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India Geospatial Forum concludes on a high note

Hyderabad, India: Drawing more than 1500 participants from various segments of the geospatial industry, India Geospatial Forum concluded on a high note here. In keeping with its theme “Towards Geo-enabled Economy”, the Forum witnessed discussions and deliberations among policy makers, technology providers, users, academia and government agencies that provided food for thought to all participants on the role of geospatial technology in various components of the national economy, as also their own role in this process. A number of interactive sessions, and an exhibition displaying cutting-edge technologies, ensured that users in the country stay abreast of the latest technologies.

Earlier, the day witnessed a number of informative sessions showcasing latest technologies, innovative applications and their benefits and government initiatives to take forward the uptake of geospatial information.

State SDIs
As a number of Indian states establish their own SDIs, the way forward is to ensure that it moves beyond governments to reach out to citizens. Setting up technologically fantastic GIS portals is only half the purpose met. Visitors to the state portals should find a reason for repeat and regular visits, and data on the portal should be supplemented by services that can engage the beneficiaries of state SDIs. Establishing business models with the private sector is also a key requirement in the success of SDIs, observed a panel during the symposium “State SDI”, on the concluding day of India Geospatial Forum 2013. The symposium saw overview on progress made by SDIs in various states including Karnataka, Kerala, Andhra Pradesh, Maharashtra and Orissa. The panel concluded that having a policy mandate on utilization of data contained in state SDIs is critical to its success. SDI needs to move beyond being a centralised data repository. An SDI is only as good as its use at the grassroot level.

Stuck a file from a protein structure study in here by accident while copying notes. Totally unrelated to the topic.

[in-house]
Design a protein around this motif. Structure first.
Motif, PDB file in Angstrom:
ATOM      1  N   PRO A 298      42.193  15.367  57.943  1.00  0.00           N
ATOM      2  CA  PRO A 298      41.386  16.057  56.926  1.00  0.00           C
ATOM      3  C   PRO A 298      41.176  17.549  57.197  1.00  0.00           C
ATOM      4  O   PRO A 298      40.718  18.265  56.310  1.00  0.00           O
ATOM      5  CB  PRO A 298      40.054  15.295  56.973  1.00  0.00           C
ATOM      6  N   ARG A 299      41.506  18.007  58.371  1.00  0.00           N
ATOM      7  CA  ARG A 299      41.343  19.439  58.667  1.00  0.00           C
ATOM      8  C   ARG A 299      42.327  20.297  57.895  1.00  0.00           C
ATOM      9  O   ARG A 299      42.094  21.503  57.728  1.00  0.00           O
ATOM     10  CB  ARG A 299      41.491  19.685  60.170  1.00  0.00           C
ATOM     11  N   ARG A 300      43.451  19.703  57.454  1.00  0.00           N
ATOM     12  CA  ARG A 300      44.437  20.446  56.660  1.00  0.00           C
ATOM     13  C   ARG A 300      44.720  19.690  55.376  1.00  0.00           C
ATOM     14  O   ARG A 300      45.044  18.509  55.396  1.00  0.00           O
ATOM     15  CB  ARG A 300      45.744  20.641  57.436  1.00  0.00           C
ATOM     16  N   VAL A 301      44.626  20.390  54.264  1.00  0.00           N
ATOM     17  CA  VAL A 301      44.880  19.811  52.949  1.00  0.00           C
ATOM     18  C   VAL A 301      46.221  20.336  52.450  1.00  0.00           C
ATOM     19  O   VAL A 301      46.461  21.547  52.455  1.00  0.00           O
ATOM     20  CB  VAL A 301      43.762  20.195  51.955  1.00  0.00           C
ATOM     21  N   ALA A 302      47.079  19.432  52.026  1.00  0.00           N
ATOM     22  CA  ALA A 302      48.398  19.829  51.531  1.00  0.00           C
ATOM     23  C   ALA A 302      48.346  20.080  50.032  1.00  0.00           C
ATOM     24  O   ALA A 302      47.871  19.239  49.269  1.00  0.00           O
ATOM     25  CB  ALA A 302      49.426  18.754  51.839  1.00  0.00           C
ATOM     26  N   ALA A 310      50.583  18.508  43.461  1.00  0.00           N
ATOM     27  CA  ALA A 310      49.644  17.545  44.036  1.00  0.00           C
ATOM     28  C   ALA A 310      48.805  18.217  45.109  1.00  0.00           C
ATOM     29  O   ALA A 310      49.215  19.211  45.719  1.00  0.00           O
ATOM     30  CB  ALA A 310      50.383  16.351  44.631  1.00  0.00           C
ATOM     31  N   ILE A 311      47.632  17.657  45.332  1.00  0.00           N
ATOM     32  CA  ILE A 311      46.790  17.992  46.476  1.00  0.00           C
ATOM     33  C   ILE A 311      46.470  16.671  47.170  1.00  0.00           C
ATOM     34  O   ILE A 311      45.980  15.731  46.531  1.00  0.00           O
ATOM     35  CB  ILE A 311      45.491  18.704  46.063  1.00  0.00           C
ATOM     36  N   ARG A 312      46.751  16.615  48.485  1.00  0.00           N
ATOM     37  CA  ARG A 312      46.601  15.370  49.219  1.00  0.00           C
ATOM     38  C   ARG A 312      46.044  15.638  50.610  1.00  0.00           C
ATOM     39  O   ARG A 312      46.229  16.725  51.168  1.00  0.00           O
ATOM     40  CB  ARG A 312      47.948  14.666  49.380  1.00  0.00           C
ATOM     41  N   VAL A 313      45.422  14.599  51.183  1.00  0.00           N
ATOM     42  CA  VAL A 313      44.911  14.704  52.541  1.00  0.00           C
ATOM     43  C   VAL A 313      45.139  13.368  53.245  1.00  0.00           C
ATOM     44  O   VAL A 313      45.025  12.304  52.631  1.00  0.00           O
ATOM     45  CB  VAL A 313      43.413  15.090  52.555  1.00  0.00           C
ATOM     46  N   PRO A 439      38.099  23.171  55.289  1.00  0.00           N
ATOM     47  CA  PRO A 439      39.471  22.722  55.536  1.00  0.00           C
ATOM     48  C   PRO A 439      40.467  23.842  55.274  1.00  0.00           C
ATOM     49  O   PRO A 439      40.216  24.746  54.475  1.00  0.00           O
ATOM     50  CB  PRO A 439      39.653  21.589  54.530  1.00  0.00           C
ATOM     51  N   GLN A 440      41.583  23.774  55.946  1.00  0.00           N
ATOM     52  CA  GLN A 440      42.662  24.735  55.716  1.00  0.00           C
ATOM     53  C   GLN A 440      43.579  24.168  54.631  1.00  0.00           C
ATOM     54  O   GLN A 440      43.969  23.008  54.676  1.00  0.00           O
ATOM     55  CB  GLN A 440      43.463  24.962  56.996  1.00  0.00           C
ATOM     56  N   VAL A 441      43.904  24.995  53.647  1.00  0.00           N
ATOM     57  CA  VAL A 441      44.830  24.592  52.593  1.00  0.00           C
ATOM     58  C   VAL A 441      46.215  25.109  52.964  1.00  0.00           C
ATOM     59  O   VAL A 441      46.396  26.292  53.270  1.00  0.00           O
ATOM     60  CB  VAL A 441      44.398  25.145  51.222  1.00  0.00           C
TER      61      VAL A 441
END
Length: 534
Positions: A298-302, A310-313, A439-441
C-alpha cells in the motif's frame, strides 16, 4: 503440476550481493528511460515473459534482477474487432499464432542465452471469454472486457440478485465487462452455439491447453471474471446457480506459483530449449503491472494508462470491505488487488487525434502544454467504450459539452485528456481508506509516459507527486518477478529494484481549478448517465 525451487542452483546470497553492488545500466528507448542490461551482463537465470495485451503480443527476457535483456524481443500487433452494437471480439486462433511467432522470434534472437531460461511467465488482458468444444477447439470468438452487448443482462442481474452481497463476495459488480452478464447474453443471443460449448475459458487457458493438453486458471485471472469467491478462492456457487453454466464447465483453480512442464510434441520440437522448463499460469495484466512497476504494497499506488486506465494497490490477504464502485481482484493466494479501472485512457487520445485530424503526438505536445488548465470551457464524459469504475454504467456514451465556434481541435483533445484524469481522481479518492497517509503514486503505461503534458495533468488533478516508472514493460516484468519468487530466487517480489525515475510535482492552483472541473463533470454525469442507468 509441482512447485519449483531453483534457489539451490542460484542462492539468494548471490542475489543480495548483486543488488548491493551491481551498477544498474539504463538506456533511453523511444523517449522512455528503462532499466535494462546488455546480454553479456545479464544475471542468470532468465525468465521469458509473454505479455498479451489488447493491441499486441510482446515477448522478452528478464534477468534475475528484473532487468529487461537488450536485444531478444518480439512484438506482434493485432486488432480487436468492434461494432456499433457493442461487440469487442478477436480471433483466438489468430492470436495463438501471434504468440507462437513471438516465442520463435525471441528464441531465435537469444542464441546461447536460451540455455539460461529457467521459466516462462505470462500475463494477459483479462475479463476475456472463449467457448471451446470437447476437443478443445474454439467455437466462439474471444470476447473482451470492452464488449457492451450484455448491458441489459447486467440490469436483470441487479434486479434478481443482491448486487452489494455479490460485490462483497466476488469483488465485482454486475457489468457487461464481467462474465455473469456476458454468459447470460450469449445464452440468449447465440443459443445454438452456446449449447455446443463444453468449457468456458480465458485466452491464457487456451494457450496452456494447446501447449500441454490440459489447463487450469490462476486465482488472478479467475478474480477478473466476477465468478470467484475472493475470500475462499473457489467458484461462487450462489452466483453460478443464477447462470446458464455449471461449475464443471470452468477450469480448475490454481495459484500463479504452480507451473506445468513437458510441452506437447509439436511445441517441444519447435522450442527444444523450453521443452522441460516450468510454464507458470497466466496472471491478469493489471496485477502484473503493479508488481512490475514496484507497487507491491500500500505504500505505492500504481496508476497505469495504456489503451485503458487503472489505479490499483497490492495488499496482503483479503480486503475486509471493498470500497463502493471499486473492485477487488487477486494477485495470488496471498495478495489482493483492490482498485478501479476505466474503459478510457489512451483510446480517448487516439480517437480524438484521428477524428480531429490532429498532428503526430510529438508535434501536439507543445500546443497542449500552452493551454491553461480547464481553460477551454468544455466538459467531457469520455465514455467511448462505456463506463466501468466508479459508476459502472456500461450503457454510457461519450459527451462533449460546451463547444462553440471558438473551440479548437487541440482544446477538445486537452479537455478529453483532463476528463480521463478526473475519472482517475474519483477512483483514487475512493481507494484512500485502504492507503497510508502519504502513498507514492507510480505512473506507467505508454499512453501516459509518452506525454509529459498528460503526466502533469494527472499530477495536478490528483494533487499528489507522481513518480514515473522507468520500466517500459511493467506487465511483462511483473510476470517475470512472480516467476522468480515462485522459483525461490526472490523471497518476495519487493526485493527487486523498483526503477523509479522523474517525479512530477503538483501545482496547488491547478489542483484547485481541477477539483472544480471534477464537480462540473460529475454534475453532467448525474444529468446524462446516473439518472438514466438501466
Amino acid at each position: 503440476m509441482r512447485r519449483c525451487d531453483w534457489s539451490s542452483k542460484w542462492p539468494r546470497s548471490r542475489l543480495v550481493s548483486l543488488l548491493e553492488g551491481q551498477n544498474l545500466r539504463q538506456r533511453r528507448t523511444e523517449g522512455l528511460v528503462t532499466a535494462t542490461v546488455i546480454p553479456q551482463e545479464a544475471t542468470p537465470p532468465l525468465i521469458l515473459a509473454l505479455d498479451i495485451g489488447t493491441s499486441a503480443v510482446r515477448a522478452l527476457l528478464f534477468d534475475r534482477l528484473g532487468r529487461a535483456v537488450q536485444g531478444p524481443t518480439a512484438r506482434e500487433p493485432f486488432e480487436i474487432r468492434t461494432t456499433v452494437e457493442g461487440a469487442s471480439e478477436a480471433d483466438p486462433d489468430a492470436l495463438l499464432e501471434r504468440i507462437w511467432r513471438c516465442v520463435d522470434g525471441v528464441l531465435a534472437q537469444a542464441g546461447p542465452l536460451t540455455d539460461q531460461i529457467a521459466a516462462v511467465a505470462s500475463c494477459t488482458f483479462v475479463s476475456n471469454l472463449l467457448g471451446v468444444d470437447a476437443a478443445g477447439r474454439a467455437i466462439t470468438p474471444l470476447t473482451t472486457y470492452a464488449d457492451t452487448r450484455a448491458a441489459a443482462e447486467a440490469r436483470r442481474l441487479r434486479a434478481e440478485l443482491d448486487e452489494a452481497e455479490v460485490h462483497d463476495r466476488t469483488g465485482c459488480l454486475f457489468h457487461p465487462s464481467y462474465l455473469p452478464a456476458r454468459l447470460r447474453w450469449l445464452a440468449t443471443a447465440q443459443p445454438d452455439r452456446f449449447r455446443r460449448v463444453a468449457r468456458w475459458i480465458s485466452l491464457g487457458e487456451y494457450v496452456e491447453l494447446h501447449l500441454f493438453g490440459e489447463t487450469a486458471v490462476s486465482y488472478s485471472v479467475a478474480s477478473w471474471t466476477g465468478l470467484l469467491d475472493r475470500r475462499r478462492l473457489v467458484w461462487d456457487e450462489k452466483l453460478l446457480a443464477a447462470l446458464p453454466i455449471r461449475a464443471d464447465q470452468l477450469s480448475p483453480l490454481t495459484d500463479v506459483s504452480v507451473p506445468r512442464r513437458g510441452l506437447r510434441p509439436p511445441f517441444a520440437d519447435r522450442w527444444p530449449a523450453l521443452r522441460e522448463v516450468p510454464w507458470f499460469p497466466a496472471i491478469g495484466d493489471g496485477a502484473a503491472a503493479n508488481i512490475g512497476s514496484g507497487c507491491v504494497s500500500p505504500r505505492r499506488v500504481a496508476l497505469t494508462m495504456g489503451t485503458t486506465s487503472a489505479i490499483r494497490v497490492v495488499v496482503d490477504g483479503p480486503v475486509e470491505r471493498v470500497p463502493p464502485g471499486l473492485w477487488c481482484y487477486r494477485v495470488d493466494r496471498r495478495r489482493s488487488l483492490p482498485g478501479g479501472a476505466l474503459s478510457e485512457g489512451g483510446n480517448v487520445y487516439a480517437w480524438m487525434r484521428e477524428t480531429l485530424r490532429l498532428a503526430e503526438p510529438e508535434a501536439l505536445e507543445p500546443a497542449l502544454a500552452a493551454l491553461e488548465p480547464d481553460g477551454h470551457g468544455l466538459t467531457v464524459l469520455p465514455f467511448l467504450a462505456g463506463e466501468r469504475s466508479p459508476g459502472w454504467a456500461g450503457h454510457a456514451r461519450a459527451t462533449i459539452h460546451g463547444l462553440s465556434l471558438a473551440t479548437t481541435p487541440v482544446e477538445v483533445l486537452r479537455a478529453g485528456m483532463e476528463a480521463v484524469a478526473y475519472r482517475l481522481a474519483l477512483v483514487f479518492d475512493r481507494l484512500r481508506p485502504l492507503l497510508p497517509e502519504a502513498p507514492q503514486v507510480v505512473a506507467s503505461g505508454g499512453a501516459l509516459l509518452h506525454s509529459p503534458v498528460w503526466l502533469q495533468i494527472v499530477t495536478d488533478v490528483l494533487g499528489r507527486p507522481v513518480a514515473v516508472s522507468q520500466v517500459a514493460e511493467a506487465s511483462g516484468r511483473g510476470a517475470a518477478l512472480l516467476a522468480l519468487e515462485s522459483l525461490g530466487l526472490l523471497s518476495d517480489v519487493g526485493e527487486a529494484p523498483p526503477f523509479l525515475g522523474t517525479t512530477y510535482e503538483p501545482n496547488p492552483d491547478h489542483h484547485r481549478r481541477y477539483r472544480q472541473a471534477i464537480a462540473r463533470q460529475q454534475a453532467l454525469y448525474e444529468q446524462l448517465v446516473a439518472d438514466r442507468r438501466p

As an industry partner in the development of state SDI, Avineon India put forth suggestions for SDI sustenance. These include need to understand stakeholders’ constraints in maintaining data, data quality reporting before putting data on the portal, establishing GIS committee with one key GIS experienced resource from each stakeholder, mobile enablement as far as possible, focus on developing problem solving tools and services, and on the infrastructure side, high bandwidth and performing software.

Geospatial for business enterprises
Geospatial technology can go a long way in enhancing efficiencies and effectiveness for business enterprises, as was discussed in the symposium “Geospatial for Business Enterprises”. The audience got detailed on how Coal Mine Planning & Design Institute Limited (CMPDI) is using geospatial technology in identifying potential sites for thermal power stations in India, explained by Rakesh Ranjan, Senior Manager – Remote Sensing, CMPDI. Reliable and efficient electricity distribution in a huge country like India is quite a challenge, and Anand Kumar, Corporate IT GIS, Reliance Energy Limited, detailed how the company is using GIS to meet some of these challenges. Implementing GIS provides a correct representation of the entire network, an analysis and continuous monitoring of network and avoids redundancy of data in systems. Decisions in cases of fault identification and correction, and determining loadshedding, are not decided by an individual’s knowledge or discretion but through decision support systems based on analysis of factual information. More solutions that utility companies can incorporate into their systems were described by Francois Valois, Director – Product Management, Geospatial, Bentley Systems. He described Utilities Designer, a utility GIS that allows integrated job and workflow management and can leverage existing GIS or integrated GIS. Another offering is Geo Web publisher, a Web GIS that brings together multiple, disparate data sources. Another interesting application was described by Vasanth KC, Senior GIS consultant, NeST Information Technologies. Use of GIS in title insurance industry, a visible phenomenon in developed nations that is yet to gain widespread popularity in the Indian context but offers tremendous opportunities in the nation, given the huge number of land records in the country. Records custodians, in case of background information required on particular records regarding insurance claims, have to dig up a lot of information before arriving at the required information. Integrating GIS to title search platform can facilitate geographic indexing that can narrow down search and save time, typically from 3 hours to 10 minutes, and also provides capturing of easement as per legal description. Another GIS advantage is that it allows to compare valuation and sale prices of adjacent plots to facilitate proper valuation of property to be insured. It can also help evaluate any encroachment of property.

Source: Our correspondent

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